Till Death Do Us Part exhibition showcases Vintage Wedding Dresses

Models in vintage wedding dresses from the upcoming exhibition. Image by Hayley Theyers.

A beautiful new exhibition, Till Death Us Do Part, featuring a collection of thirty vintage wedding dresses opens on May 14th at Highwic, a historic house in Newmarket. Curator, Rose Jackson, has been a dedicated vintage clothing collector for many years and decided that the dresses were taking up too much space in her home so the best idea was to share them in an exhibition with the gowns auctioned off at the conclusion of it to benefit survivors of domestic violence. Jackson is the Creative Director of Glory Days, the successful vintage publishing and events brand and she is delighted to be able to share not just her wedding dress collection but her extensive vintage knowledge and events skills with a programme of talks and live events such as Miss Havisham’s Day Out running in conjunction with the exhibition.

“The wedding dress is such a potent symbol in our culture –in turns beautiful, oppressive, desirable, outdated. I’ve collected vintage clothing for many years as I adore beautiful textiles, which wedding dresses have in abundance,” says Rose Jackson. “From a sociological point of view, I’m interested in the tension between the sublime beauty, hope and love that is imbued into these particular garments and the reality of everyday life that follows “the big day” once the dress is taken off”.

The new exhibition will run until the end of June and explores changes in bridal fashions over the 20th century, with the gowns showcased from the 1930s to the 1970s. Jackson has collaborated with historian Angela Lassig on a fascinating talk they will give together on treasure hunting for vintage finds and the secret history of New Zealand bridal designers. “This exhibition represents a wonderful and rare opportunity to reminisce and delight in five decades of glorious New Zealand wedding frocks that have been lovingly collected over the past decade by curator, Rose Jackson,” says Angela Lassig. “From fine silk tulle and cobweb laces, to ice white chiffon and synthetic brocades, this exhibition is not only a feast for the eyes but a glimpse into the private world of New Zealand brides from the past”.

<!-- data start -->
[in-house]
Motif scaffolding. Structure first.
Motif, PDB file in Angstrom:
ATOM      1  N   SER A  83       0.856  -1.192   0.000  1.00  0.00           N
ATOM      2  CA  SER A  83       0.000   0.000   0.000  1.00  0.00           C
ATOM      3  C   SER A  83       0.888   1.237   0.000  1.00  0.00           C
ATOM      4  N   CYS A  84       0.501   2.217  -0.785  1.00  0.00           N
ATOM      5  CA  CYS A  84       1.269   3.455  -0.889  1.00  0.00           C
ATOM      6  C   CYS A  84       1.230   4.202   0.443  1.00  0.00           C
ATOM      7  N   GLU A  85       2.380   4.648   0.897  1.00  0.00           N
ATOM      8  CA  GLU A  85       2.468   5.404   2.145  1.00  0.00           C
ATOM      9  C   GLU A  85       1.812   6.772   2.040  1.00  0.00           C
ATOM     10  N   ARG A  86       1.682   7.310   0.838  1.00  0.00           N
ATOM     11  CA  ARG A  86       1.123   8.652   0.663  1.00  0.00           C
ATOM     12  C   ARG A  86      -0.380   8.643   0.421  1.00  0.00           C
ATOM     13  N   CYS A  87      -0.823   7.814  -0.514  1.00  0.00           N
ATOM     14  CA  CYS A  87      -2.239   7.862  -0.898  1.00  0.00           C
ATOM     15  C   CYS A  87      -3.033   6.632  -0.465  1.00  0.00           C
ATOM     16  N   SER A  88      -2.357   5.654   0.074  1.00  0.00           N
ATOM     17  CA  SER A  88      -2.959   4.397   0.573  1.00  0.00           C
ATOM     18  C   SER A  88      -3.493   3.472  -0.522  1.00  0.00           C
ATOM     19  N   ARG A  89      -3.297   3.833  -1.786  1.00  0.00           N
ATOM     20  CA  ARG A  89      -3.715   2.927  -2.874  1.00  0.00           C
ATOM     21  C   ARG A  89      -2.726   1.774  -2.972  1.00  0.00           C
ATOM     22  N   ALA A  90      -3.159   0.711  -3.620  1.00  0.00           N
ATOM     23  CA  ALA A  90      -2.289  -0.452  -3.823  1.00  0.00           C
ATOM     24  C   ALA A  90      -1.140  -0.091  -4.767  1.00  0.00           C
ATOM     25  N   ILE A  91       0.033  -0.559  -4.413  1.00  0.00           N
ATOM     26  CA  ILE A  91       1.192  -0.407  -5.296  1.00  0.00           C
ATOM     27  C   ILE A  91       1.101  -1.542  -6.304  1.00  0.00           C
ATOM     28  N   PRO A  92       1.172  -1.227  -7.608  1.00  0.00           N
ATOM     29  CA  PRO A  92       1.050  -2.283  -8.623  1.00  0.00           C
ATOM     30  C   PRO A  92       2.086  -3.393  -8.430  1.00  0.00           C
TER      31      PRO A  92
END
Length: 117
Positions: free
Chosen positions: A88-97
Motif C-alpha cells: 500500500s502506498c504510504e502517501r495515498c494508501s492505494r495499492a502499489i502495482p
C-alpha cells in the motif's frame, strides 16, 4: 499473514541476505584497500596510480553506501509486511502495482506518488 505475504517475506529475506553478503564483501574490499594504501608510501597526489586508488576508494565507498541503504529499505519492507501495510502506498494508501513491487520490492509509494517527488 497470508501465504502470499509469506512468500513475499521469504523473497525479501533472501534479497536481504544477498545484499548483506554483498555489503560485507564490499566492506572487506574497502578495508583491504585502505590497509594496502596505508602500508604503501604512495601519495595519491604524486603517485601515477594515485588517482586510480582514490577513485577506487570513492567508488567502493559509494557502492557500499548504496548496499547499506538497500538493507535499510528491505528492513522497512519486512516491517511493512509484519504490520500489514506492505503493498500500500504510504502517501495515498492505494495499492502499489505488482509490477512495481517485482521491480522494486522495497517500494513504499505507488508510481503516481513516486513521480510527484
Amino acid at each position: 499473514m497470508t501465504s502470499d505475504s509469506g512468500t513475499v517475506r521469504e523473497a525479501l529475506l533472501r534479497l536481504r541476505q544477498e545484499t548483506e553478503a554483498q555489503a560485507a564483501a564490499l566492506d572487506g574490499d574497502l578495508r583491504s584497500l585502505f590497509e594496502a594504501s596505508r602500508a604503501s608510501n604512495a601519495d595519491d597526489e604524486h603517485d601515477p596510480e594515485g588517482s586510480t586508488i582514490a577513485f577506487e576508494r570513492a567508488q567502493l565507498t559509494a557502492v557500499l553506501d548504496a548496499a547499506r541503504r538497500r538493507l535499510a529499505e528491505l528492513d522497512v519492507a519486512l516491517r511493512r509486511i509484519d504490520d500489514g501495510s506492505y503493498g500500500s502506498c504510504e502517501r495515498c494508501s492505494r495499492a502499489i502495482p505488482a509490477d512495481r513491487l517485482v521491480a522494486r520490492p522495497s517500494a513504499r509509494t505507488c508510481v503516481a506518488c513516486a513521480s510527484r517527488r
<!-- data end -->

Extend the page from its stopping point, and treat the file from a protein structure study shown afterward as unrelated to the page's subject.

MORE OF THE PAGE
As well as the delicately pretty fashion on display the exhibition will also document the social history of weddings, exploring the cultural and historical changes towards love and marriage over the past century. There is also an opportunity for visitors to share their own memories and stories of their weddings online to be included in the exhibition – both the good and the bad!

“Through this exhibition, I want people to explore cultural attitudes towards marriage, which can be teased out from the fabric and stitches that hold these dresses together,” says Rose Jackson. “I find it fascinating that while there were huge changes in fit, cut and style of women’s fashion over the course of the 20th century, the wedding dress essentially stayed the same –a long, pale gown. What does this say about attitudes towards marriage in the face of huge cultural and gender shifts over the 20th and into the 21st centuries? Has thinking on marriage and what it means to people progressed or remained as constant as the dresses worn on a wedding day?”.

The auction of the exhibition’s gowns will take place online so that vintage collectors worldwide will be able to bid on a unique piece of fashion history. Jackson is kindly donating a portion of the proceeds to The Aunties –an organisation which provides sustained support for women and children who have experienced domestic violence. “Over thirty wedding dresses is a ridiculous number for any one person to own and not everyone’s marriage or partnership is a joyful one, so I am delighted to auction these gorgeous gowns off and that part of the funds raised from sale of the collection will benefit and support the vitally important work The Aunties do for people who need help in our community” says Rose Jackson.

Till Death Us Do Part, Highwic, May 14th – June 30th. Tickets: Adult $8, Children free of charge.

Models in vintage wedding dresses from the upcoming exhibition. Image by Hayley Theyers.

Images supplied.

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